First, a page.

Former senior staff at Perth College UHI are still refusing to accept responsibility for an employment tribunal loss that cost the institution more than £70,000, a report has revealed.
The college has publicly apologised to Gerard McIver who was found to have been unfairly dismissed from the college’s Air Service Training operation as a result of a plot by the then principal and a cabal of colleagues.
The apology was issued this week following the conclusion of an independent review – commissioned by the college board – which recommended procedures be overhauled.
However, the review also revealed retired principal Margaret Munckton, former vice-principal Susan Bald and current Air Service Training chief executive Peter Farrow continue to deny any wrongdoing.
The tribunal found the trio had engineered the sacking of Mr McIver and his team at AST and went so far as to question the honesty of many of their answers.
Responding to the apology and review findings, Mr McIver – who is still without a regular job – said he was disappointed.
“I have my compensation and now an apology but I am still sceptical about the nature of the review and how seriously this matter has been treated by the management,” he said.
“The issue for me is that Peter Farrow is still in his post and Margaret Monckton and Susan Bald were allowed to retire.
“There has been no investigation into their conduct and no obvious action taken against anyone involved.”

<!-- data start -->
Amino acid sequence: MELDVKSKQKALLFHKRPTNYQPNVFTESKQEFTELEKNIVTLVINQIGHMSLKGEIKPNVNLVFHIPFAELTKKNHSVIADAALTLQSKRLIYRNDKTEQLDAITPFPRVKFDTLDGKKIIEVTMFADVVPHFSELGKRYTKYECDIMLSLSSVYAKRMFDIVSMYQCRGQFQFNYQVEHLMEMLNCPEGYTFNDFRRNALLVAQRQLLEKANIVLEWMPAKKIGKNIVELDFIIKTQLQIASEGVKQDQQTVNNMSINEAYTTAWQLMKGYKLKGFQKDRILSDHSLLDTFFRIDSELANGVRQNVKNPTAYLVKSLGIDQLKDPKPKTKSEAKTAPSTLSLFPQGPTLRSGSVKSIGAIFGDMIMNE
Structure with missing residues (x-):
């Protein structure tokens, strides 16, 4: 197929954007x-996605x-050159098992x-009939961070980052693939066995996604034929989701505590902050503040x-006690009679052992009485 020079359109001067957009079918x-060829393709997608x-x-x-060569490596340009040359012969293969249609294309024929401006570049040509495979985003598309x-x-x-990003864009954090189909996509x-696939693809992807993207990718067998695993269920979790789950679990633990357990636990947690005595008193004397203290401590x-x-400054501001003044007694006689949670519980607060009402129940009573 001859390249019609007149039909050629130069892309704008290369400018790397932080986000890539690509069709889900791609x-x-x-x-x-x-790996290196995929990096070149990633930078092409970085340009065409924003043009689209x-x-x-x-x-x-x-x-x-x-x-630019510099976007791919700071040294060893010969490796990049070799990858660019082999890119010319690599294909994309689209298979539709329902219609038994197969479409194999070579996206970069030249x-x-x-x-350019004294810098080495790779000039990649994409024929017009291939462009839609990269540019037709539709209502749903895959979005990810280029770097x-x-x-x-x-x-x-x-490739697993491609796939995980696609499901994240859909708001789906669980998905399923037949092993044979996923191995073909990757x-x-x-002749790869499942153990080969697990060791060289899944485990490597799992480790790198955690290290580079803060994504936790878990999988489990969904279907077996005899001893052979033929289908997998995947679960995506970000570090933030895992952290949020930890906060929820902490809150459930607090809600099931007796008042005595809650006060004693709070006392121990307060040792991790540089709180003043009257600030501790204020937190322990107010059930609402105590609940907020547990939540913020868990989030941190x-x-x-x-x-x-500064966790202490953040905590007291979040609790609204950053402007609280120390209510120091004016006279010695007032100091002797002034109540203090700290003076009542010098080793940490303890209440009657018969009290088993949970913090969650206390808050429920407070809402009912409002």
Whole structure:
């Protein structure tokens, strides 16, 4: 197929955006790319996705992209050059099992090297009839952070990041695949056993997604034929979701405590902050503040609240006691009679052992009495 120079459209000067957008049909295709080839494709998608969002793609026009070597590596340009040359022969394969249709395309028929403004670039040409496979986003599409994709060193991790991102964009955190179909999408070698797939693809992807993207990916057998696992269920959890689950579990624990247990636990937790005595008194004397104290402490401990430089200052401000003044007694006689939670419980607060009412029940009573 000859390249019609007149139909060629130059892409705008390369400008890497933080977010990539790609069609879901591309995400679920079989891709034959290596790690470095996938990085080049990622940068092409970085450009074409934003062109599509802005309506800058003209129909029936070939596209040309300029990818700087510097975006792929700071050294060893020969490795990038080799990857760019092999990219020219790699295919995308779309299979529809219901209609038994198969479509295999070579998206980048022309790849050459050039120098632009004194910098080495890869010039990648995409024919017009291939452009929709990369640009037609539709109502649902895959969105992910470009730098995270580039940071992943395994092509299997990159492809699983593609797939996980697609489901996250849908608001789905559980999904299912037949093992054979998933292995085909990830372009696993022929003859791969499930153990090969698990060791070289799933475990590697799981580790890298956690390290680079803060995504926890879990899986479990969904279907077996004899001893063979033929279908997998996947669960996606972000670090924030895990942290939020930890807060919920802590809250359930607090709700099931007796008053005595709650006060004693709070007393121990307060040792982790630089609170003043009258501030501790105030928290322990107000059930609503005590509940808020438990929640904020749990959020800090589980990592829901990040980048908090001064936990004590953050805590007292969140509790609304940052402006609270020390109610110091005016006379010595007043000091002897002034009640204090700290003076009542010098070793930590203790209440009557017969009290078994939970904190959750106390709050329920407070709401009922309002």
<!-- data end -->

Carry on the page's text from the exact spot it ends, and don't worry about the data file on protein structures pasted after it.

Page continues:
Mr McIver was dismissed after he and colleagues attempted a buy-out of the college’s struggling air training operation.
The tribunal heard bosses turned on him, using spurious claims about the proposed buy-out as “a pretext for his sacking”.
Judge Ian McFatridge said accusations of gross misconduct against Mr McIver were clearly baseless and the management team knew they had no grounds for genuine dismissal.
The judgement cost Perth College UHI a £34,000 compensation package. It has since been revealed it also had to pay £36,000 in legal expenses.
Solicitor Ryan Russell, from employment lawyers Muir Myles Laverty, fought the case on behalf of Mr McIver.
He said: “I am genuinely quite astonished that some of the witnesses and the legal representative for the college remain entrenched in their position following the damning judgment.
“Many parts of the report involve poor attempts to justify their actions and place blame elsewhere.
“These witnesses lied on oath, refused to answer questions, could not answer questions and deliberately engineered the claimant’s dismissal.
“The public needs to know that despite the finding of the tribunal – which was not appealed – they think they did nothing wrong.”
Mr Russell said more employees came forward after the case was publicised to complain about the individuals concerned but by then their claims were time barred.
Dr Margaret Cook, principal and chief executive of Perth College UHI, who took up her role in August 2017, said: “On behalf of Perth College UHI, I would like to apologise to Mr McIver for the way he has been treated.
“Establishing the review group to consider the findings of the employment tribunal was a very important step which has allowed us to determine what we can do now to ensure that a situation of this nature does not arise again in the future.
“We are also making the results of the independent review available widely, in the spirit of openness, and because there may be lessons arising from this case that can be applied elsewhere.”